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Old 09-15-2012, 01:23 PM
Location: Wasilla, Alaska
17,825 posts, read 20,496,555 times
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Astronomers Find Planets Orbit Sun-Like Stars In A Cluster

According to NASA-funded astronomers, planets can indeed form in dense stellar environments. This evidence comes from the recent discovery of planets that were observed orbiting sun-like stars in a crowded cluster of stars.

The newfound planets are not habitable, and are considered to be two hot Jupiters, which are massive gas planets.

Each of the hot Jupiter planets circle a different sun-like star in the Beehive Cluster, which is a collection of about 1,000 stars that appear to be swarming around a common center.


The two hot Jupiter planets, which have been named Pr0201b and Pr0211b, were discovered using the 5-foot Tillinghast telescope at the Smithsonian Astrophysical Observatory’s Fred Lawrence Whipple Observatory.


The team believes planets were turned up in the Beehive cluster because it is rich in metals. Stars in the cluster have more heavy elements like iron than the sun has.

“Searches for planets around nearby stars suggest that these metals act like a ‘planet fertilizer,’ leading to an abundant crop of gas giant planets,” White said. “Our results suggest this may be true in clusters as well.”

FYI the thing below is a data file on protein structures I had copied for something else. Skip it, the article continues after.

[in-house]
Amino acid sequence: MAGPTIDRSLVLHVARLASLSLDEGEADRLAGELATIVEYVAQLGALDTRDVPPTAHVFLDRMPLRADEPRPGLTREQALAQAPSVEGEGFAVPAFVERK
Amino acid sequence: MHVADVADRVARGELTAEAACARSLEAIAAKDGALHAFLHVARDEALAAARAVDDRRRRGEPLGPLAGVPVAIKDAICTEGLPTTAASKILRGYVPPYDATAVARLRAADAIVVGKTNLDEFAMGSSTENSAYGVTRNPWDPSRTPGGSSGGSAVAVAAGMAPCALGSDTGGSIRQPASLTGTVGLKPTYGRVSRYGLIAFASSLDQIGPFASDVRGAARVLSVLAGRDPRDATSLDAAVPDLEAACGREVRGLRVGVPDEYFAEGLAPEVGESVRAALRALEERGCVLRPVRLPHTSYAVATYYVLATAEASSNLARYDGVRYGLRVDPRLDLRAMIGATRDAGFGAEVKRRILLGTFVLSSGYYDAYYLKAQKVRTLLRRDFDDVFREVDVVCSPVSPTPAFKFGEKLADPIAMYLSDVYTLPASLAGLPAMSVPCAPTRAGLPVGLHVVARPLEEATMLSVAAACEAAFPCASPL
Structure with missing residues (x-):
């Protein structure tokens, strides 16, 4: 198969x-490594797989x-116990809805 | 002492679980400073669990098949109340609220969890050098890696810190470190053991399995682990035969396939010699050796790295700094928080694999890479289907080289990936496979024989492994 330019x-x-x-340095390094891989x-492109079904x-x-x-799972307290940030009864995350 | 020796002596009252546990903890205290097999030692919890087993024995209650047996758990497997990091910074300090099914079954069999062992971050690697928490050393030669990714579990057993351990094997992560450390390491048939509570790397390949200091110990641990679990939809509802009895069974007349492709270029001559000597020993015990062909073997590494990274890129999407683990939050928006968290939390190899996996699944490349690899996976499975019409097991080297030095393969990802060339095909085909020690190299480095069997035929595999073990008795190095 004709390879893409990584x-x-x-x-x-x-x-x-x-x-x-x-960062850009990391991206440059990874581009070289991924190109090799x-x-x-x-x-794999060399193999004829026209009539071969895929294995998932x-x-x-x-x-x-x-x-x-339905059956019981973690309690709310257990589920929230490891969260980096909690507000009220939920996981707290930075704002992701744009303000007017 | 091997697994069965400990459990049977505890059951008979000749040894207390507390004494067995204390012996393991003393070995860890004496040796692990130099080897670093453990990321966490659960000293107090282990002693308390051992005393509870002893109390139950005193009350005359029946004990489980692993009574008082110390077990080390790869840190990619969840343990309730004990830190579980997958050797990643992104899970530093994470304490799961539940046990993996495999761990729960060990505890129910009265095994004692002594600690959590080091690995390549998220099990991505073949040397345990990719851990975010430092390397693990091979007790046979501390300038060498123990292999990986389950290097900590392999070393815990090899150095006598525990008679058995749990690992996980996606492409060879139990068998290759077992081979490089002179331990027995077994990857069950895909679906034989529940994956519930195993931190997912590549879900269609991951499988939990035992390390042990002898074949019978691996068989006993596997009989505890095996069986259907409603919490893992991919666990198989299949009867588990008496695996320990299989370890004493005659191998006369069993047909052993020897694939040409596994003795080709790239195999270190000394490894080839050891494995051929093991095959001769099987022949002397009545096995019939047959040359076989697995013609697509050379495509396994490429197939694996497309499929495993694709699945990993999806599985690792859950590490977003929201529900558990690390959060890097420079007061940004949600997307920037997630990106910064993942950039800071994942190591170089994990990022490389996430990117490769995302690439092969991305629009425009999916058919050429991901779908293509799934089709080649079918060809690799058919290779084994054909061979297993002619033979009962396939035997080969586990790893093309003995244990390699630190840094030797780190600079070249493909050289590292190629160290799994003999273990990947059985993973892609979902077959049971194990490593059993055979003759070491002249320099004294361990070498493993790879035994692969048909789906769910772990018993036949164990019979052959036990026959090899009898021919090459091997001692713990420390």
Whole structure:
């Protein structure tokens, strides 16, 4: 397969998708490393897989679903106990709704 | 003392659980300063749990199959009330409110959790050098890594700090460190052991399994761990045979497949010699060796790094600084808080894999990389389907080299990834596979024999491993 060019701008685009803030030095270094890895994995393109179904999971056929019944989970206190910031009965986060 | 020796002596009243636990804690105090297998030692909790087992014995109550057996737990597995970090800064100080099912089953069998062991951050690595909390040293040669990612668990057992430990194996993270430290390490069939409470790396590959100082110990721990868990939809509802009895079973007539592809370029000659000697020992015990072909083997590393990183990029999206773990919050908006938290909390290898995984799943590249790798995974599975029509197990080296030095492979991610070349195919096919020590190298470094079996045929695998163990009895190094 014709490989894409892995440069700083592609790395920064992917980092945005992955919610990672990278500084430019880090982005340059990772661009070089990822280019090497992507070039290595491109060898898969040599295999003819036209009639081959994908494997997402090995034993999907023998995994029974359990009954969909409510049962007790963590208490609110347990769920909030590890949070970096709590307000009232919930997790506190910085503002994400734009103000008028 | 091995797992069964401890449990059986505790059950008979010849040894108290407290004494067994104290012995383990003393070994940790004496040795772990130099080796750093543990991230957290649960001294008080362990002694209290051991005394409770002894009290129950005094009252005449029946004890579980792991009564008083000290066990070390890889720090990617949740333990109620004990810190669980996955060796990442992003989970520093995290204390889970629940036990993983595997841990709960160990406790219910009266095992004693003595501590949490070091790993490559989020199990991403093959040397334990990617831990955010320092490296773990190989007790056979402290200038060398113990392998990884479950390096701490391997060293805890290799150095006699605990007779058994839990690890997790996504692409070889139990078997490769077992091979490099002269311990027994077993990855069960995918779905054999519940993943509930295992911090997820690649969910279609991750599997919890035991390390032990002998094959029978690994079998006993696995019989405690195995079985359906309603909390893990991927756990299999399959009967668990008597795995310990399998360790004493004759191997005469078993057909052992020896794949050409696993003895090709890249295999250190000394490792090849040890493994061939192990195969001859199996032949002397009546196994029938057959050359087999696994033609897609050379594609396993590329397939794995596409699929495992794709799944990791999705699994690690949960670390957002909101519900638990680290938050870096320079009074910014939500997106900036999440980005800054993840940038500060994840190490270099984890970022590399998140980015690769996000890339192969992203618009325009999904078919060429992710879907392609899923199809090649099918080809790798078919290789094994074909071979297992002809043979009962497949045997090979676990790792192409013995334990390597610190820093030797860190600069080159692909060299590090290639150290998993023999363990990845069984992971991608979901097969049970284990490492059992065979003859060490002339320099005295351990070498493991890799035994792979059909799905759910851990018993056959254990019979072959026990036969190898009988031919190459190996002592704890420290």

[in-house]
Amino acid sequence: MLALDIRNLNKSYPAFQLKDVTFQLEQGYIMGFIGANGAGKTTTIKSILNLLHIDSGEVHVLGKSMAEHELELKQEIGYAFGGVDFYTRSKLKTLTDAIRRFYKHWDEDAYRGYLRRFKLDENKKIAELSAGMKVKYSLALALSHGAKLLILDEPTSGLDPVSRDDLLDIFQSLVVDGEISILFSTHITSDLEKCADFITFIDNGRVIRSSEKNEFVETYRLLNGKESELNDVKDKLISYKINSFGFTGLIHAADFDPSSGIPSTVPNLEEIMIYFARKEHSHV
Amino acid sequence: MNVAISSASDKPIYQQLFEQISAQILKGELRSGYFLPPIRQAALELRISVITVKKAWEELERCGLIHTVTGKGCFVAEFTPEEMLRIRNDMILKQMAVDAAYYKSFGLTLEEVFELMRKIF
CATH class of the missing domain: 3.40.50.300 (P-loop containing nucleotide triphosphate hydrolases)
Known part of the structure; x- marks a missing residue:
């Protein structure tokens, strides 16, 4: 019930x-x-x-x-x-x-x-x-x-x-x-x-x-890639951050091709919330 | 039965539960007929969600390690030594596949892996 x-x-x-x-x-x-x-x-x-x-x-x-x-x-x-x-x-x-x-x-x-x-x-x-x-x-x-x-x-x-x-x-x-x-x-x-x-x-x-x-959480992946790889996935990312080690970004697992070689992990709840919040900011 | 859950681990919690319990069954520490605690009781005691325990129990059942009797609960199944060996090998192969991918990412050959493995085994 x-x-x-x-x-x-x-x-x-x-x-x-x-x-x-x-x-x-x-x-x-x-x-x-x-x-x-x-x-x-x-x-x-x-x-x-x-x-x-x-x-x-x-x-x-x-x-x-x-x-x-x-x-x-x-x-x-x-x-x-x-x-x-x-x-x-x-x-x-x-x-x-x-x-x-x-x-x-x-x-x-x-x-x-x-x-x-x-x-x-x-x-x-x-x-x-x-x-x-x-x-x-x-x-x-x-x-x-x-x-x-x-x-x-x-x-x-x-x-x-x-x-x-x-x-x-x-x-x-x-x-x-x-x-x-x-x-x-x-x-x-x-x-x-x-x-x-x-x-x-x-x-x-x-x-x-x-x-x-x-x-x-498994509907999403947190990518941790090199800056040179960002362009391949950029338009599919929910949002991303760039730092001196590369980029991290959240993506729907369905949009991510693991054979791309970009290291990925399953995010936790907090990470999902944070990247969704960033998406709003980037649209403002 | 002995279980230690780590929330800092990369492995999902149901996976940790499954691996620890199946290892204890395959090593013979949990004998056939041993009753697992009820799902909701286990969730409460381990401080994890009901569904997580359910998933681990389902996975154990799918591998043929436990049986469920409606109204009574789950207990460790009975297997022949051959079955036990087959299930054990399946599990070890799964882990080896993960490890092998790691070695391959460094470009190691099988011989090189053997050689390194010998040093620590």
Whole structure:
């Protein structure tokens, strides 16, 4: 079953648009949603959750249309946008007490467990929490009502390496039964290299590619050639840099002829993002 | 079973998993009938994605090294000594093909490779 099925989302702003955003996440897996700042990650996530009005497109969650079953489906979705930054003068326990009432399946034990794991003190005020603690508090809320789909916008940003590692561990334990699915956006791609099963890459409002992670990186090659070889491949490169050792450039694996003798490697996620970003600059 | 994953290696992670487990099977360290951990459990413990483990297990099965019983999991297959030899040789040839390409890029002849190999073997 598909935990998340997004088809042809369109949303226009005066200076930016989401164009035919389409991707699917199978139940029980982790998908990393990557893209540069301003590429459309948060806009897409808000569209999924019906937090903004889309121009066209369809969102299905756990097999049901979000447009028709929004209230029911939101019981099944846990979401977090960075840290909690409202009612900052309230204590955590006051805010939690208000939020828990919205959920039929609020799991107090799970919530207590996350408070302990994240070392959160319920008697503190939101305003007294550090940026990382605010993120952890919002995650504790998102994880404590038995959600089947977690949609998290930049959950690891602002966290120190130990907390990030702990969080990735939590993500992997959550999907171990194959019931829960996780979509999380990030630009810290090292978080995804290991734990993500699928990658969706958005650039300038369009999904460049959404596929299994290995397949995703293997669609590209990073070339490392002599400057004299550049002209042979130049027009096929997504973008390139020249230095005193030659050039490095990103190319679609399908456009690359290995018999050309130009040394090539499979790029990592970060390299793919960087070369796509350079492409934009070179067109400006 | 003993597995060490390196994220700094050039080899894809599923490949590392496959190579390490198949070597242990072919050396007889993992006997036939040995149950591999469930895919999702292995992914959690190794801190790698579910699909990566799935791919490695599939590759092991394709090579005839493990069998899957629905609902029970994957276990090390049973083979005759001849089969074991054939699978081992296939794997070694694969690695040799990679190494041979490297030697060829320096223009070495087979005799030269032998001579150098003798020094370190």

Source: Two Hot Jupiters Found In The Beehive Cluster - Space News - redOrbit
This is a particularly interesting discovery because:
  • The Beehive Cluster is a relatively new cluster, which makes these exoplanets the youngest planets ever found;
  • Both exoplanets are "hot Jupiters," which will give us some insight as to how these gas giants form and then migrate toward their sun; and
  • Both these stars (Pr0201 and Pr0211) are "metal" rich, which acts like "planet fertilizer," to quote the article.
I recently read a paper that suggests stars with a metallicity greater than 1.8% by mass (Population I stars) are more likely to form gas giants (including our sun). Whereas, poor metallicity stars (Population II stars) are more likely to form small rocky type planets.
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